If you are a beginner to coin collecting, the sheer amount of information available can be intimidating. Who knew there was so much to know about coins?
If you are looking to start a coin collecting, it’s best to pick one denomination, and then branch out as you grow more confidence. You could begin with ancient Roman coins, but the learning curve is much steeper.
What makes a denomination better for beginners?
Denomination refers to the face value of the coin. When I ask what denomination is best for beginners I am asking whether a beginner should start with pennies, nickels, dimes, quarters, etc.
Ideally, a beginner wants a denomination that is exciting and easy to obtain. Some denominations don’t have much variety, this could lead a beginner to think the entire hobby is boring. Some coins, like ancient coins, are harder to get a hold of, this could lead a beginner to spend a lot of money before they become interested.
I recommend pennies or quarters.
Pennies definitely fit the requirement of being easy to obtain. A dollar at the bank gets you 100 pennies to look through! You could even check your couch cushions and probably find a few pennies.
A Whitman Coin Folder from 1941-1974 has 90 penny slots. Which means if you find all the coins by coin roll hunting the whole album would only have cost you 90 cents to fill! (Click Here to Learn More About Coin Roll Hunting.)
The other great thing about pennies is that there are many varieties and errors. Since the year 1900, there have been 4 different penny design. Every time the mint changes design, there is a greater likelihood for errors.
There are many different varieties of quarters because of the State Series and National Park Series. From 1999-2008 the US Mint designed and minted a coin for 5 different states, releasing new coins each year. The State Series program was so successful that they created another program for National Parks called the “America the Beautiful Series” which ran from 2010 till 2021.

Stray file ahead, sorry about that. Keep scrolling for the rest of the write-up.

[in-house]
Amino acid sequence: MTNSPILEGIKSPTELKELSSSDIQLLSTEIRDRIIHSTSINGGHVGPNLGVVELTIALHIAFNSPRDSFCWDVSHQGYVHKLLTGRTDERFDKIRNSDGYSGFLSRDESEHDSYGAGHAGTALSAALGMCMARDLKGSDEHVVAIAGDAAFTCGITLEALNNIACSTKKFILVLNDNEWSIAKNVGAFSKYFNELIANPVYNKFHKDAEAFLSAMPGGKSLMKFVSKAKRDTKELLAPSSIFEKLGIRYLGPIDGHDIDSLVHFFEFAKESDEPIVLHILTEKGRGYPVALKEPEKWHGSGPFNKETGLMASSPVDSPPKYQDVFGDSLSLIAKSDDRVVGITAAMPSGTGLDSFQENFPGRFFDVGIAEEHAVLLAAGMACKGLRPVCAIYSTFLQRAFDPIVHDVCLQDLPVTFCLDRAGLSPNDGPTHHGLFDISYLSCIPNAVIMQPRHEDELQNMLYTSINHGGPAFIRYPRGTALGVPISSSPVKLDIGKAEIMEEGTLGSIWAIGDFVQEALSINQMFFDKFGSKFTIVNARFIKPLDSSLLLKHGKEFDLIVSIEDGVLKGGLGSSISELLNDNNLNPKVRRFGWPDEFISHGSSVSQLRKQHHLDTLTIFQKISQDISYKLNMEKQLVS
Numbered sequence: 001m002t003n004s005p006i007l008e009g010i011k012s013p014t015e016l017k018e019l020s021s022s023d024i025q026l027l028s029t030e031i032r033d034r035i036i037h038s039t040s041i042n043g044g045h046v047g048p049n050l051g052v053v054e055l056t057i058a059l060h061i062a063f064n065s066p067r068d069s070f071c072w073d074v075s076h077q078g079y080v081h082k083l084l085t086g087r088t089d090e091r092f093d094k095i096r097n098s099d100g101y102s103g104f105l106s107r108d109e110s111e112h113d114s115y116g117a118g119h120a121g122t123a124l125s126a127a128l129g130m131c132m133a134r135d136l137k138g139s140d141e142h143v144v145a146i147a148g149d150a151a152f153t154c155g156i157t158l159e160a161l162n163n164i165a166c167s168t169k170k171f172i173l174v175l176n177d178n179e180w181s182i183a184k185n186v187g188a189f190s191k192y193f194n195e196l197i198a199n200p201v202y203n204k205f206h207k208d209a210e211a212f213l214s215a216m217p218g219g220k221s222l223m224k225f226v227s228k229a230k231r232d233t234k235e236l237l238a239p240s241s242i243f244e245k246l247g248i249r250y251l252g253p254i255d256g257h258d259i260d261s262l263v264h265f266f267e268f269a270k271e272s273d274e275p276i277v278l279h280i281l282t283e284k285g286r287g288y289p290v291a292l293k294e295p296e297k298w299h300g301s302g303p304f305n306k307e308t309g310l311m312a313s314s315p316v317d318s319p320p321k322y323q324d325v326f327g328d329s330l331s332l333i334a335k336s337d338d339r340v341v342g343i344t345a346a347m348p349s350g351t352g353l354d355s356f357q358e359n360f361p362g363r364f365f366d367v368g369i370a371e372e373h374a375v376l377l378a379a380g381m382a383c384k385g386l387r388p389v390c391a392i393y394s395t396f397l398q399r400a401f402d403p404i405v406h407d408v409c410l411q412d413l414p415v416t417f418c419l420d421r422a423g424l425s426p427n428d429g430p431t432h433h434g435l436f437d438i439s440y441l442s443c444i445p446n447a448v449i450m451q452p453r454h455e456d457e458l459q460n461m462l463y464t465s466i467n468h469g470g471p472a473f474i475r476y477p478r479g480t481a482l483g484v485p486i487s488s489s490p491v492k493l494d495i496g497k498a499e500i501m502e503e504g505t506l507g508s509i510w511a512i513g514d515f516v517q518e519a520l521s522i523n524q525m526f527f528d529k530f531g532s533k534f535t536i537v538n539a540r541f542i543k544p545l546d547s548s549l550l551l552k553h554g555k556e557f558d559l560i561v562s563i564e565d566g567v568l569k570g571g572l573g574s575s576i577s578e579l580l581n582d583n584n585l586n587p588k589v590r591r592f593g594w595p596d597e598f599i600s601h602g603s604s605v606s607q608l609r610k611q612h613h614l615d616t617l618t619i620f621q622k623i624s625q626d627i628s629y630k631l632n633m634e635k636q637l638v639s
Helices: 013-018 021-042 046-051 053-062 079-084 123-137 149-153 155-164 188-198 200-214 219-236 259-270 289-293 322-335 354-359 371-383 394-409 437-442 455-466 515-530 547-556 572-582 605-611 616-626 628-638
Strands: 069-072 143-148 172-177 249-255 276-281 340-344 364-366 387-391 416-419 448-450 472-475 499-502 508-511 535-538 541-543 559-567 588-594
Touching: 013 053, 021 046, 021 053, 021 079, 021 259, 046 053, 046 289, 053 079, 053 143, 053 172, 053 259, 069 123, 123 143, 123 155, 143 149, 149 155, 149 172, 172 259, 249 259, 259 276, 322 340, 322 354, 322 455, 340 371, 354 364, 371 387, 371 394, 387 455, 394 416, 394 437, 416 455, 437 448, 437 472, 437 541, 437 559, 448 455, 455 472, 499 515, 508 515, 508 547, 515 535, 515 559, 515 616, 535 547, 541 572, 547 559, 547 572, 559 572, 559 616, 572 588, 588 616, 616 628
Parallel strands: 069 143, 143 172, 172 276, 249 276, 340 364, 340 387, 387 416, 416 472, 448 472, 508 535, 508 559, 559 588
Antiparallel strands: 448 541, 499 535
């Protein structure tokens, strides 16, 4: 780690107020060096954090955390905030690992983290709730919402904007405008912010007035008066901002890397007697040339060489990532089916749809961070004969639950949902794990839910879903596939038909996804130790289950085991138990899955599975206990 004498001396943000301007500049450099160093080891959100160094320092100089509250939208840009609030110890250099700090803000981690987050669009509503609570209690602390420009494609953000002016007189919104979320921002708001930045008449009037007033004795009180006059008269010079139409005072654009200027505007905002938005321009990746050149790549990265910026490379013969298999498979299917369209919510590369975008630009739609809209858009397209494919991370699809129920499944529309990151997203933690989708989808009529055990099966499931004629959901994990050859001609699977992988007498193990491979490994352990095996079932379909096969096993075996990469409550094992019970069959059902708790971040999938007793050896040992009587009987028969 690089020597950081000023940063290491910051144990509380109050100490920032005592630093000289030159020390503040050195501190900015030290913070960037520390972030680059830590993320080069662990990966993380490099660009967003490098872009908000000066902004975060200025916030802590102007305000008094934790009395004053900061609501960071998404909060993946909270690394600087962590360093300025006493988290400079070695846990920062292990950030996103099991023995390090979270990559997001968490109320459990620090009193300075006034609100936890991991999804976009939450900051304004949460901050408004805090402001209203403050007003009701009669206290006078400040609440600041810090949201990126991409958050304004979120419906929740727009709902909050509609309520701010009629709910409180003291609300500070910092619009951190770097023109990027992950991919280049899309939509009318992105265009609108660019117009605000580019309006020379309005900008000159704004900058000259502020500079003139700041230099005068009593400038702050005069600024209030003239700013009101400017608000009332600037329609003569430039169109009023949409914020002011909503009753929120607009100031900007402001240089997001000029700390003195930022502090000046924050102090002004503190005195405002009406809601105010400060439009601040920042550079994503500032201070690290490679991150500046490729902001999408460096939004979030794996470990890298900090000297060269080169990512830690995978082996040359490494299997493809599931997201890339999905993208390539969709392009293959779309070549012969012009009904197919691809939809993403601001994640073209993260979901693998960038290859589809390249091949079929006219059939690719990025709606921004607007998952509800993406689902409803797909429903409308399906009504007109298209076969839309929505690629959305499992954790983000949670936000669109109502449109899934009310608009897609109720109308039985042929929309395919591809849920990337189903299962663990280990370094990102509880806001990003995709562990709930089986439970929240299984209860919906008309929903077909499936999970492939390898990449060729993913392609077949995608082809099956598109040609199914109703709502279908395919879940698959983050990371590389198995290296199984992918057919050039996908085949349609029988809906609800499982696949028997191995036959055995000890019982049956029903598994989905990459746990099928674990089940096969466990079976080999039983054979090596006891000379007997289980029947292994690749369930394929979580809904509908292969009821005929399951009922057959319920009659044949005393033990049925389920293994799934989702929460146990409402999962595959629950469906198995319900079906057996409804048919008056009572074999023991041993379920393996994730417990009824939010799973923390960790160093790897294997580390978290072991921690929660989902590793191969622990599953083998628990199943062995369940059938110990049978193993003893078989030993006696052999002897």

Quarters are the first coins I ever collected. My grandfather gave me a map of state quarters to fill when I was 9 years old and I still have it in my room.
If you are starting with quarters, get a folder for the State Quarters and a folder for National Park Quarters. Whitman is a great, well known brand. H&E Harris and Co. is also a good brand. I would stay away from Littleton Coin Company until you know more about coin prices. (Read why here.)
Like quarters, dollar coins have many different designs. The most recent run of dollar coins features Presidents of the United States.
The US government has printed more dollar coins than they know what to do with. Unfortunately, no is using them. So, although you could go to a bank and get dollar coins, they are rarely seen in circulation.
Part of the fun of other coins is the speculation of what the coins may be worth 100 years from now. At the current rate, modern dollar coins will likely be easy to find in uncirculated condition, making their price unlikely to rise.
Of course, you could collect older dollar coins like the Morgan and Peace dollars. These are great coins, every beginner should get one eventually just to feel the satisfying weight of it in your hand. But, the cheapest of these coins range from $16-$23. I think it’s best to have some more coin knowledge before jumping into such expensive coins.
Nickels and Dimes
Nickels and dimes all suffer the same flaw for me in terms of recommending them to beginners. Both in modern years are pretty boring. There are several key dates and rare errors, but not as many as pennies and quarters.
The redeeming factor for nickels is the Buffalo Nickel and the Wartime Nickels. These are fun coins to find! If a coin collector wants to begin with nickels, then I would suggest starting with Buffalo Nickels.
Dimes have had the same design since 1946. Don’t get me wrong, the Roosevelt design is great! But I am getting a little tired of it. The only big change in the Roosevelt dime happened in 1965 when the switched from a mainly silver composition to a copper and nickel composition.
A new collector interested in dimes should look into Mercury dimes. Mercury dimes, due to their small size, are the cheapest silver coin to collect. Plus, they are gorgeous.
What coins did you first collect? Vote in the poll below and add a comment!